Quit Like a Woman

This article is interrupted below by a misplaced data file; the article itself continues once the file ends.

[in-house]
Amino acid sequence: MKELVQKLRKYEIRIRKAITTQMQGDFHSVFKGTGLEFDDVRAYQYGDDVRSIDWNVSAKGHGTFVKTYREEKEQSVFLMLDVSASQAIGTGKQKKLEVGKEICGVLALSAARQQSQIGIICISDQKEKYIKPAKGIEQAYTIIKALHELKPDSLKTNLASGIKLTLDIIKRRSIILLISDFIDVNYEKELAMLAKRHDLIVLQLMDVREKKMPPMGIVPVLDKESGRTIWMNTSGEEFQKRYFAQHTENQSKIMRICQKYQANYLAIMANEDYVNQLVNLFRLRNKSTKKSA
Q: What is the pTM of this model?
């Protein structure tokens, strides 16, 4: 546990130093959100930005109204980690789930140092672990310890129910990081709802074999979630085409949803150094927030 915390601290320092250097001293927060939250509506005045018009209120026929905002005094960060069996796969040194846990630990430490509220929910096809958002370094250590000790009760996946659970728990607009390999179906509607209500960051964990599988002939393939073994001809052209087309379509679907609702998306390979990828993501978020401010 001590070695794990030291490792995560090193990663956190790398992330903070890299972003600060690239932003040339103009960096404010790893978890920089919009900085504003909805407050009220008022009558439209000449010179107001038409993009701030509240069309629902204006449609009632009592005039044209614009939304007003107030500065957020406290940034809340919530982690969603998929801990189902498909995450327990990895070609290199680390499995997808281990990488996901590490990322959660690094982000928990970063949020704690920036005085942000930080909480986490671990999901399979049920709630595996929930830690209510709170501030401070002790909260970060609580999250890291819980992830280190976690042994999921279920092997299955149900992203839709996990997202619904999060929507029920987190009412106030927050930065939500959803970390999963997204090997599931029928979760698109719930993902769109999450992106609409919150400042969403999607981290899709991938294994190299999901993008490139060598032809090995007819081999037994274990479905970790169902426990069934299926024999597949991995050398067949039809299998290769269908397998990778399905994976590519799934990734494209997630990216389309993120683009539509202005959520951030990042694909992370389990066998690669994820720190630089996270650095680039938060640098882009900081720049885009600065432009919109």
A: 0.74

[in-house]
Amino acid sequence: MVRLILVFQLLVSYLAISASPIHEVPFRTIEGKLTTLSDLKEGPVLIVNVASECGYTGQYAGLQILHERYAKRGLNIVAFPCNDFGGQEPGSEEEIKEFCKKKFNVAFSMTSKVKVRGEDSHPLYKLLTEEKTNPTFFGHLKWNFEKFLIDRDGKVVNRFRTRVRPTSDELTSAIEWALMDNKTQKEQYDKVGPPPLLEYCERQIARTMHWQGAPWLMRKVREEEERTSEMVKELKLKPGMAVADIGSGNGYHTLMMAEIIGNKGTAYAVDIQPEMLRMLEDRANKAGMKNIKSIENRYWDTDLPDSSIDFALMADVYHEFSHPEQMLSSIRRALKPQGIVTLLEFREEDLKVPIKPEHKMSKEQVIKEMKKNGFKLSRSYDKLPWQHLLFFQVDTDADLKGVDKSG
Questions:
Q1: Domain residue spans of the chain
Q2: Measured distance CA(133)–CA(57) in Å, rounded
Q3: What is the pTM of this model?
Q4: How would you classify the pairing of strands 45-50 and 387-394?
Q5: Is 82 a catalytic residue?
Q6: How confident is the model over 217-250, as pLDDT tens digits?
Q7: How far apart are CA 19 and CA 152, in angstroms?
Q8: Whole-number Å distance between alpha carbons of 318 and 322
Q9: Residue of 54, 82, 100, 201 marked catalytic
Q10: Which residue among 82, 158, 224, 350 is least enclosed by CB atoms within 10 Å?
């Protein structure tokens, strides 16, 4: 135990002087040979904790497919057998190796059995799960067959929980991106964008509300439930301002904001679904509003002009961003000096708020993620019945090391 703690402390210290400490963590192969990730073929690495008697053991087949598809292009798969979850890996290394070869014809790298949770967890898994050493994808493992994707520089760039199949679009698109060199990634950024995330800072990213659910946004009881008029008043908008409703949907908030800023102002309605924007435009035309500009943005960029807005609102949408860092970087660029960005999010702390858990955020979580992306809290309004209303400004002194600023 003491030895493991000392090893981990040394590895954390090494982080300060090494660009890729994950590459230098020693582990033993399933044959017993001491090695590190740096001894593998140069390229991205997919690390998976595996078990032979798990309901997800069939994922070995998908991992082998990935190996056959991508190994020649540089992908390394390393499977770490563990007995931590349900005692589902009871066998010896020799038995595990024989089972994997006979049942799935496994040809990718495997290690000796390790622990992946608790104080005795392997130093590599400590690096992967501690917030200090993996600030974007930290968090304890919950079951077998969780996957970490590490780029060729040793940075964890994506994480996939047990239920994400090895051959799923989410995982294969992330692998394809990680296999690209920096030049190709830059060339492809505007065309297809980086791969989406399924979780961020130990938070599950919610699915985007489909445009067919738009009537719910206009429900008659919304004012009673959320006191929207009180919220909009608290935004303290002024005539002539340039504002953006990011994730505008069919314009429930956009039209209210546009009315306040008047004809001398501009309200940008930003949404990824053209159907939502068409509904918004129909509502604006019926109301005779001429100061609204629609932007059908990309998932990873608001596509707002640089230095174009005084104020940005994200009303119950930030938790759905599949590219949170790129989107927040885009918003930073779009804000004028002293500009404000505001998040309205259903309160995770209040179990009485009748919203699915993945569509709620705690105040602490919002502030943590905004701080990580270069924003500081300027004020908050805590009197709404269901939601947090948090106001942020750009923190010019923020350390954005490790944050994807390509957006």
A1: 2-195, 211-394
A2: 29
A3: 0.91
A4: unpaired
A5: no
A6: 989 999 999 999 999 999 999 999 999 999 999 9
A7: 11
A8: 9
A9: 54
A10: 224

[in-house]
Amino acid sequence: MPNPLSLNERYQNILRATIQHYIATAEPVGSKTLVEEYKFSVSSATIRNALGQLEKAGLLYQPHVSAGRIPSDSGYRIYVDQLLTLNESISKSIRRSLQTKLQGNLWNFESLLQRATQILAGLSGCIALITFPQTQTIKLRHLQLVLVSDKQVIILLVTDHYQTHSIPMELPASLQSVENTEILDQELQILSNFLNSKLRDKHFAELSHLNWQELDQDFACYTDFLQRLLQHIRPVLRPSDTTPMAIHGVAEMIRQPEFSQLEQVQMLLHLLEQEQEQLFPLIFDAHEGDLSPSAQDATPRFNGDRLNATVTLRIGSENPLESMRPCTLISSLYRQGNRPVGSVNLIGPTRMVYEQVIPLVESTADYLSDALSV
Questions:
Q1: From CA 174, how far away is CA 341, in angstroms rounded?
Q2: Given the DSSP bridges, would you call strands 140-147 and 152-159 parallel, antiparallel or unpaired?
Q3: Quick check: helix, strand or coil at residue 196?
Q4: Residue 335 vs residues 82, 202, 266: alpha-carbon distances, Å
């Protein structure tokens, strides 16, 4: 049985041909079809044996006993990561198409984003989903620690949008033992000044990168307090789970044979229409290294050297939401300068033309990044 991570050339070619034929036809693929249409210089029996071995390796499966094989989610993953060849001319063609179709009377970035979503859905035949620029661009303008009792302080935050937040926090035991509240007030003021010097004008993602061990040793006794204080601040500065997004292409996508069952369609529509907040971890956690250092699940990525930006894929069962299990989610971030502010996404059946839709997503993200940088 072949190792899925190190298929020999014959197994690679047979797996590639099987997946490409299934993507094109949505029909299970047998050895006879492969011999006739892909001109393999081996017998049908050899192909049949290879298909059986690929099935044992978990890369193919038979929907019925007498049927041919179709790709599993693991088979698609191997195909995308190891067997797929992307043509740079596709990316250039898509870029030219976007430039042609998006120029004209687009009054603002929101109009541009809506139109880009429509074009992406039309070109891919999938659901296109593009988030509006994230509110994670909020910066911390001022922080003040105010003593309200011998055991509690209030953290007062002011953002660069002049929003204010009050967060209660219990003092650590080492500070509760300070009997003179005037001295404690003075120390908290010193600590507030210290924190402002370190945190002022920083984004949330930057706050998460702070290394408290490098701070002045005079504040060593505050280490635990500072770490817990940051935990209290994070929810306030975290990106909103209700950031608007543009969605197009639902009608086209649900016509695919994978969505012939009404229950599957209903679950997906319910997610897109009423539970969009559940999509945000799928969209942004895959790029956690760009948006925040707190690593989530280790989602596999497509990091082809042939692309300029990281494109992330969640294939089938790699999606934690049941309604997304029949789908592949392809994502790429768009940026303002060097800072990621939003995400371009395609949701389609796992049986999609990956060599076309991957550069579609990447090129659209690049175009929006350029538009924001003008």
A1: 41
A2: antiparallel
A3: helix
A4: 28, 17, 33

We live in a world obsessed with drinking. We drink at baby showers and work events, brunch and book club, graduations and funerals. Yet no one ever questions alcohol’s ubiquity—in fact, the only thing ever questioned is why someone doesn’t drink. It is a qualifier for belonging and if you don’t imbibe, you are considered an anomaly. As a society, we are obsessed with health and wellness, yet we uphold alcohol as some kind of magic elixir, though it is anything but. When Holly Whitaker decided to seek help after one too many benders, she embarked on a journey that led not only to her own sobriety, but revealed the insidious role alcohol plays in our society and in the lives of women in particular. What’s more, she could not ignore the ways that alcohol companies were targeting women, just as the tobacco industry had successfully done generations before. Fueled by her own emerging feminism, she also realized that the predominant systems of recovery are archaic, patriarchal, and ineffective for the unique needs of women and other historically oppressed people—who don’t need to lose their egos and surrender to a male concept of God, as the tenets of Alcoholics Anonymous state, but who need to cultivate a deeper understanding of their own identities and take control of their lives. When Holly found an alternate way out of her own addiction, she felt a calling to create a sober community with resources for anyone questioning their relationship with drinking, so that they might find their way as well. Her resultant feminine-centric recovery program focuses on getting at the root causes that lead people to overindulge and provides the tools necessary to break the cycle of addiction, showing us what is possible when we remove alcohol and destroy our belief system around it.